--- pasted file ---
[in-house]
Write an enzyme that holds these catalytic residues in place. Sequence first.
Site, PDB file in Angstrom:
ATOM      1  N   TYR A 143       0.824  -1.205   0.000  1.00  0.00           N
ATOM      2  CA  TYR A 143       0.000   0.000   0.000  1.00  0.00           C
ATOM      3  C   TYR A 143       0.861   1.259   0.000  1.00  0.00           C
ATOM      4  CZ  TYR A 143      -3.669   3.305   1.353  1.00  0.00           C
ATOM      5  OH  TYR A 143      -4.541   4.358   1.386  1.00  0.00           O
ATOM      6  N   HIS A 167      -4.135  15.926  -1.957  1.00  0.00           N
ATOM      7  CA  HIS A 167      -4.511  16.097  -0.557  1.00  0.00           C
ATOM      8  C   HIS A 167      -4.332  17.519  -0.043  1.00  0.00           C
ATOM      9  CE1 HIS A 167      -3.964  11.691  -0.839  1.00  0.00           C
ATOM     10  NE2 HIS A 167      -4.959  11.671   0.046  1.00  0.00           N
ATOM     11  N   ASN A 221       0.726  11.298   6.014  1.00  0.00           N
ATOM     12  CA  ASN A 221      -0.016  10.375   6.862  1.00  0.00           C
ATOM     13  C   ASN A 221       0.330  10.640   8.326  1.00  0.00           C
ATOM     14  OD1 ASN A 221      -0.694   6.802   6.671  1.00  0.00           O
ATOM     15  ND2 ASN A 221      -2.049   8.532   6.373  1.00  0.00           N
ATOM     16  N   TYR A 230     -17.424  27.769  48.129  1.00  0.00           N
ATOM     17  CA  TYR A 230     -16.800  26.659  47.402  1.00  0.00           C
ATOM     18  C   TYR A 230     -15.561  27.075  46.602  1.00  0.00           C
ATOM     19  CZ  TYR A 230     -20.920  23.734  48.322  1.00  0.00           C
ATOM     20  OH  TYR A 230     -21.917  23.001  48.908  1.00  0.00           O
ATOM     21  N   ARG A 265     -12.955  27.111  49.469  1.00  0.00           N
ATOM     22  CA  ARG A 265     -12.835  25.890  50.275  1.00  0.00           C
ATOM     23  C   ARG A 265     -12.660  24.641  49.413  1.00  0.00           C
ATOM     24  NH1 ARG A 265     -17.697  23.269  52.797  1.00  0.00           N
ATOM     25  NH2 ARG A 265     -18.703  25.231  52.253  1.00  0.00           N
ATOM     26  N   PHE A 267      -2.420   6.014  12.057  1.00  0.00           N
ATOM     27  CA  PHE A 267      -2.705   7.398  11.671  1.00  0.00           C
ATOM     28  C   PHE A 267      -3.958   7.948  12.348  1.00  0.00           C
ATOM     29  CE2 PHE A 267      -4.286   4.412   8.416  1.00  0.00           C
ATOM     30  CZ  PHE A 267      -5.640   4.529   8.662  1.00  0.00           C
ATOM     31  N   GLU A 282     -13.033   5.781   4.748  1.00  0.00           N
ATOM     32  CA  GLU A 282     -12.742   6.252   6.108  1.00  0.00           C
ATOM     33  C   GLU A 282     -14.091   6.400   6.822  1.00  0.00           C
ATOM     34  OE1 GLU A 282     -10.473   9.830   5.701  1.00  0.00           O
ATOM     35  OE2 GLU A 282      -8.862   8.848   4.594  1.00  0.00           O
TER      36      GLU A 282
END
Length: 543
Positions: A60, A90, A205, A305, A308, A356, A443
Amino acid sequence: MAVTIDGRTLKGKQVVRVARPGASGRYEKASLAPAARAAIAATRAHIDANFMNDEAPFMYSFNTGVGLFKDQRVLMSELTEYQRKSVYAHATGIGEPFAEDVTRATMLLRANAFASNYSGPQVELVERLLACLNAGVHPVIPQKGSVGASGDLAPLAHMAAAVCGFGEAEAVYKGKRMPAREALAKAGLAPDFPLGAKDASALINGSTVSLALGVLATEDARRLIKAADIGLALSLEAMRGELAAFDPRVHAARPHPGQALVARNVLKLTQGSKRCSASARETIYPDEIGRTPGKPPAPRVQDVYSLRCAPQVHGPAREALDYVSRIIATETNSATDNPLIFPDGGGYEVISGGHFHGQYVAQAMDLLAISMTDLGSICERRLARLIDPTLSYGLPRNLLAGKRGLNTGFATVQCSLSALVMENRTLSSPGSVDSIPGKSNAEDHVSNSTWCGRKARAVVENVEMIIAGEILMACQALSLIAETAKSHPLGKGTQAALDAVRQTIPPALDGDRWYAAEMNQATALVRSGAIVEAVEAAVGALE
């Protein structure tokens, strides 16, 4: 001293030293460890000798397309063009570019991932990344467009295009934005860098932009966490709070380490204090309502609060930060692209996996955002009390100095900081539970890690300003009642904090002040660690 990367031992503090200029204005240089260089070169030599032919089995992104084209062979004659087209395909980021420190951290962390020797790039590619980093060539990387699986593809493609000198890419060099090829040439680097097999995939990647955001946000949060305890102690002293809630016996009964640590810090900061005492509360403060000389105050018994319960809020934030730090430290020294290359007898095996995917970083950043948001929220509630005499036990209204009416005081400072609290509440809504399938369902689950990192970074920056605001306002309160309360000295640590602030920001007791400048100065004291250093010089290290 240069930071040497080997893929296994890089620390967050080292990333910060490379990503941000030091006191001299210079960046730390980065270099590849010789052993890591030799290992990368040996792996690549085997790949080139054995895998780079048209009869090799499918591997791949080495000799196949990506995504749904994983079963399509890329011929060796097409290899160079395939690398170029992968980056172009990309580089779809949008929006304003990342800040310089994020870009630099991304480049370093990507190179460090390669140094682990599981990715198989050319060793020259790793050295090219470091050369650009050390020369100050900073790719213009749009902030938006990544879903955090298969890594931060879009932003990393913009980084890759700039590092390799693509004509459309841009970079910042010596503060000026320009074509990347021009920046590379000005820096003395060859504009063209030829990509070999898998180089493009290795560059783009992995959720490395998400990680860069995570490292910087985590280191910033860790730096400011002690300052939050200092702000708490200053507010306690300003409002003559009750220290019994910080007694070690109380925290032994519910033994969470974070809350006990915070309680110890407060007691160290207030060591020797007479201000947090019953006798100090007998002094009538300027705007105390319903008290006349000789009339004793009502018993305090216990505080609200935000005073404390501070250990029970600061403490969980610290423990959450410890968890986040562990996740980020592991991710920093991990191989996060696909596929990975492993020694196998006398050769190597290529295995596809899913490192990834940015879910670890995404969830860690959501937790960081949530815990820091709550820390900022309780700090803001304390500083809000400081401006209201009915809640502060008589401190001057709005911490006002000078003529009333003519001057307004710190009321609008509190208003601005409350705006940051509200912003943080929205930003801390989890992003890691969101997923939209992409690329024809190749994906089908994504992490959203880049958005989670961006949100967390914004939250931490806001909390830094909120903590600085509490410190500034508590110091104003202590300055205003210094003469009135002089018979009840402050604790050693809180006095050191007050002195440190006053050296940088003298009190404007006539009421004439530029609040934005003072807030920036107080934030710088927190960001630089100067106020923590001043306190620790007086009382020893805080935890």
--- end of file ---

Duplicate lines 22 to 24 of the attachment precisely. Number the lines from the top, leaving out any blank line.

ATOM     19  CZ  TYR A 230     -20.920  23.734  48.322  1.00  0.00           C
ATOM     20  OH  TYR A 230     -21.917  23.001  48.908  1.00  0.00           O
ATOM     21  N   ARG A 265     -12.955  27.111  49.469  1.00  0.00           N